Ottawa’s Board of Health is being urged to recognize racism as a public health issue in Ottawa.
Councillor Shawn Menard shared a copy of a motion on Twitter that will be presented during Monday’s Board of Health meeting. Menard tells CTV News Ottawa that the general motion is being worked on with Chair Keith Egli and Medical Officer of Health Dr. Vera Etches.
The motion states, “Racism, discrimination and stigma are associated with poorer physical, mental and emotional health and greater mortality, making anti-Black racism and racism against minorities an important public health issue.”
“Public health has a role in promoting the health of the entire population by working with others to ensure fair opportunities for health and well-being.”
The motion recommends the Board of Health recognize racism is a public health issue and direct the medical officer of health to establish training for board members, employees and volunteers to participate in anti-Black racism and other anti-racism training to contribute to improved health outcomes.
If approved the motion would also:
- Direct the medical officer of health to increase awareness of the impacts of racism and discrimination related to COVID and actions to counter racism in Ottawa.
- Dedicate resources to seek further community partnerships to implement recommendations to improve African, Caribbean and Black mental health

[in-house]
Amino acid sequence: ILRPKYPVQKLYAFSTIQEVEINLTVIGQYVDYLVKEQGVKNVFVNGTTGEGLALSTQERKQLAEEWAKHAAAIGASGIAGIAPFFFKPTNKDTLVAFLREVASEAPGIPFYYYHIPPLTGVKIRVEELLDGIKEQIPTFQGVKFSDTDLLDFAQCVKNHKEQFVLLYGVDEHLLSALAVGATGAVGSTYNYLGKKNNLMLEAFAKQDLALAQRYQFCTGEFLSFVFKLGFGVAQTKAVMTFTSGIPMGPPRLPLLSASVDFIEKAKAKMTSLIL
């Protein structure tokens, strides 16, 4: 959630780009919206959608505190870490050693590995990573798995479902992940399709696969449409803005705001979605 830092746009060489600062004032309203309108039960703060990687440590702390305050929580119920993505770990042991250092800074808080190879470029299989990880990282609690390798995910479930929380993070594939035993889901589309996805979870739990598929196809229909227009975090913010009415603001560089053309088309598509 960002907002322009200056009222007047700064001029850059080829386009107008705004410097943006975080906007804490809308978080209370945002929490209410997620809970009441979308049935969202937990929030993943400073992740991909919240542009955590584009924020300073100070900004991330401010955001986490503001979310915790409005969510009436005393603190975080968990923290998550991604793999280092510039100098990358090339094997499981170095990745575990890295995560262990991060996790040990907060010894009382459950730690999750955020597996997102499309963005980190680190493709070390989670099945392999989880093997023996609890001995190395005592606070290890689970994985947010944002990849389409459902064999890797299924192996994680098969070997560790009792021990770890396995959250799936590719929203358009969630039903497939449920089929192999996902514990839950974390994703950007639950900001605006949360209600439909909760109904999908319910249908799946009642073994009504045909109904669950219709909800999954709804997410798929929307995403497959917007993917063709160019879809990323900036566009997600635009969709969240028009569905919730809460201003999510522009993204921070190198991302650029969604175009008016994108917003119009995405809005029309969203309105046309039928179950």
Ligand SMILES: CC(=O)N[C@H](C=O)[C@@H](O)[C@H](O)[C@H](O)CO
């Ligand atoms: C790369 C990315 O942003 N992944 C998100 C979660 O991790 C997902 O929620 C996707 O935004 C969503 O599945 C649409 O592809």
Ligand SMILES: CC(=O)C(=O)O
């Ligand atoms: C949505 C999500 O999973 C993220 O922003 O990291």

- Establish a process in collaboration with First Nations, Inuit and Metis partners, to ensure respectful planning, collection, analysis and sharing of health data to inform improvements to physical and mental health of Indigenous populations in Ottawa
- Direct the medical officer of health to ensure that Ottawa Public Health informs community consultations on addressing systemic racism in Ottawa, such as through the Community Safety and Well-Being Plan’s development and implementation.
Speaking to reporters on June 5, Dr. Etches said, “Anti-Black racism and racism against minorities makes our population less healthy.”
“Racism, discrimination and stigma are associated with poorer physical, mental and emotional health and greater mortality. My job is to not only control infectious diseases but also to promote the health of the population by working with others to ensure fair opportunities for health.”
Dr. Etches said Ottawa Public Health is working with health system partners to collect race and ethnicity data on COVID-19, “to better understand the barriers to health and health care in Ottawa, and health outcomes for people who are racialized.”
The medical officer of health added, “We need better data to understand how racism is affecting people’s health.”